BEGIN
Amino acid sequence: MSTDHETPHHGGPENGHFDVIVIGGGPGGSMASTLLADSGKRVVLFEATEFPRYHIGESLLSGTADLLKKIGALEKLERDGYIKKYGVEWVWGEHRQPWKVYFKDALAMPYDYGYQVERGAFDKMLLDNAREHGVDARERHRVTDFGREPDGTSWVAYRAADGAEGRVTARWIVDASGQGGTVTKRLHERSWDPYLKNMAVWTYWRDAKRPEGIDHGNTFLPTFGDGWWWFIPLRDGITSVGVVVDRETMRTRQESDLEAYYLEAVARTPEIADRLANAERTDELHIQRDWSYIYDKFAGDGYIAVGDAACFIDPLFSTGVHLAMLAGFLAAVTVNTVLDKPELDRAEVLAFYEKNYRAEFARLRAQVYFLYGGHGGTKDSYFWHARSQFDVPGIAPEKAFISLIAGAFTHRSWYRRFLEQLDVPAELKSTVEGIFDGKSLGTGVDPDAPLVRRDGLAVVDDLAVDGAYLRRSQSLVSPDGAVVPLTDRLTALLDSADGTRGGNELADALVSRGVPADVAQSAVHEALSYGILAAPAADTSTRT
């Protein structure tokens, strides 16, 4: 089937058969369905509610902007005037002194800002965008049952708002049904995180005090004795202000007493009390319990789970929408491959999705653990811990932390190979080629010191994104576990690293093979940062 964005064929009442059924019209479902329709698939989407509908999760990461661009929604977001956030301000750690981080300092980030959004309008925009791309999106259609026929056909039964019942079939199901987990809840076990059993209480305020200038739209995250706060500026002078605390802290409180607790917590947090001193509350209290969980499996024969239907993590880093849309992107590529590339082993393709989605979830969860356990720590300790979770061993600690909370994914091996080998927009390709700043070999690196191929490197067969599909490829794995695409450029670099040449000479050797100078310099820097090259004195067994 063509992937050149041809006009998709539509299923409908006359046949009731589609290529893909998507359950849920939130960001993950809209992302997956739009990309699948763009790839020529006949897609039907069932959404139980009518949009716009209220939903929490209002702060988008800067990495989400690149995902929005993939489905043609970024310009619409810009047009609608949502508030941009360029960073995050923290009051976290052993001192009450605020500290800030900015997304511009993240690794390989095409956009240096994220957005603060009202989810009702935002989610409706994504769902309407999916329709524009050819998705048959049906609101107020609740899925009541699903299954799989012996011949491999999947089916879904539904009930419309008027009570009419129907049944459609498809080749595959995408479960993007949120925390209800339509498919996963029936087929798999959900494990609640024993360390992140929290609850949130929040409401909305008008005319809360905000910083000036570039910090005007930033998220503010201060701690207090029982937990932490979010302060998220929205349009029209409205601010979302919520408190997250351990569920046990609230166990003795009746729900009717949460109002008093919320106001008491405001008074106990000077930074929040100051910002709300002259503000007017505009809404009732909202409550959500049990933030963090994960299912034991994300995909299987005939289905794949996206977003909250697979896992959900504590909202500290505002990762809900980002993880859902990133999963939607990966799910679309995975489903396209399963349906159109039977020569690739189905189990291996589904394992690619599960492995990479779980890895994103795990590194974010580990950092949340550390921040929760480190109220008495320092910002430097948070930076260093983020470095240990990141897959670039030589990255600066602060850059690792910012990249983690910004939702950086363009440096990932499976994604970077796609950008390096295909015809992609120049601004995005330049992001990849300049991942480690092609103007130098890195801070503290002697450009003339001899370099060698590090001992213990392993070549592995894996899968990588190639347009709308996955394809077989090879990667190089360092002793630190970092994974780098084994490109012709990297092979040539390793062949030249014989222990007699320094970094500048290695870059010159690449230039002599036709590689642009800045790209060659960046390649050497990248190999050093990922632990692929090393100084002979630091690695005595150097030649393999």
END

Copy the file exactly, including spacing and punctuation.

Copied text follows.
Amino acid sequence: MSTDHETPHHGGPENGHFDVIVIGGGPGGSMASTLLADSGKRVVLFEATEFPRYHIGESLLSGTADLLKKIGALEKLERDGYIKKYGVEWVWGEHRQPWKVYFKDALAMPYDYGYQVERGAFDKMLLDNAREHGVDARERHRVTDFGREPDGTSWVAYRAADGAEGRVTARWIVDASGQGGTVTKRLHERSWDPYLKNMAVWTYWRDAKRPEGIDHGNTFLPTFGDGWWWFIPLRDGITSVGVVVDRETMRTRQESDLEAYYLEAVARTPEIADRLANAERTDELHIQRDWSYIYDKFAGDGYIAVGDAACFIDPLFSTGVHLAMLAGFLAAVTVNTVLDKPELDRAEVLAFYEKNYRAEFARLRAQVYFLYGGHGGTKDSYFWHARSQFDVPGIAPEKAFISLIAGAFTHRSWYRRFLEQLDVPAELKSTVEGIFDGKSLGTGVDPDAPLVRRDGLAVVDDLAVDGAYLRRSQSLVSPDGAVVPLTDRLTALLDSADGTRGGNELADALVSRGVPADVAQSAVHEALSYGILAAPAADTSTRT
């Protein structure tokens, strides 16, 4: 089937058969369905509610902007005037002194800002965008049952708002049904995180005090004795202000007493009390319990789970929408491959999705653990811990932390190979080629010191994104576990690293093979940062 964005064929009442059924019209479902329709698939989407509908999760990461661009929604977001956030301000750690981080300092980030959004309008925009791309999106259609026929056909039964019942079939199901987990809840076990059993209480305020200038739209995250706060500026002078605390802290409180607790917590947090001193509350209290969980499996024969239907993590880093849309992107590529590339082993393709989605979830969860356990720590300790979770061993600690909370994914091996080998927009390709700043070999690196191929490197067969599909490829794995695409450029670099040449000479050797100078310099820097090259004195067994 063509992937050149041809006009998709539509299923409908006359046949009731589609290529893909998507359950849920939130960001993950809209992302997956739009990309699948763009790839020529006949897609039907069932959404139980009518949009716009209220939903929490209002702060988008800067990495989400690149995902929005993939489905043609970024310009619409810009047009609608949502508030941009360029960073995050923290009051976290052993001192009450605020500290800030900015997304511009993240690794390989095409956009240096994220957005603060009202989810009702935002989610409706994504769902309407999916329709524009050819998705048959049906609101107020609740899925009541699903299954799989012996011949491999999947089916879904539904009930419309008027009570009419129907049944459609498809080749595959995408479960993007949120925390209800339509498919996963029936087929798999959900494990609640024993360390992140929290609850949130929040409401909305008008005319809360905000910083000036570039910090005007930033998220503010201060701690207090029982937990932490979010302060998220929205349009029209409205601010979302919520408190997250351990569920046990609230166990003795009746729900009717949460109002008093919320106001008491405001008074106990000077930074929040100051910002709300002259503000007017505009809404009732909202409550959500049990933030963090994960299912034991994300995909299987005939289905794949996206977003909250697979896992959900504590909202500290505002990762809900980002993880859902990133999963939607990966799910679309995975489903396209399963349906159109039977020569690739189905189990291996589904394992690619599960492995990479779980890895994103795990590194974010580990950092949340550390921040929760480190109220008495320092910002430097948070930076260093983020470095240990990141897959670039030589990255600066602060850059690792910012990249983690910004939702950086363009440096990932499976994604970077796609950008390096295909015809992609120049601004995005330049992001990849300049991942480690092609103007130098890195801070503290002697450009003339001899370099060698590090001992213990392993070549592995894996899968990588190639347009709308996955394809077989090879990667190089360092002793630190970092994974780098084994490109012709990297092979040539390793062949030249014989222990007699320094970094500048290695870059010159690449230039002599036709590689642009800045790209060659960046390649050497990248190999050093990922632990692929090393100084002979630091690695005595150097030649393999």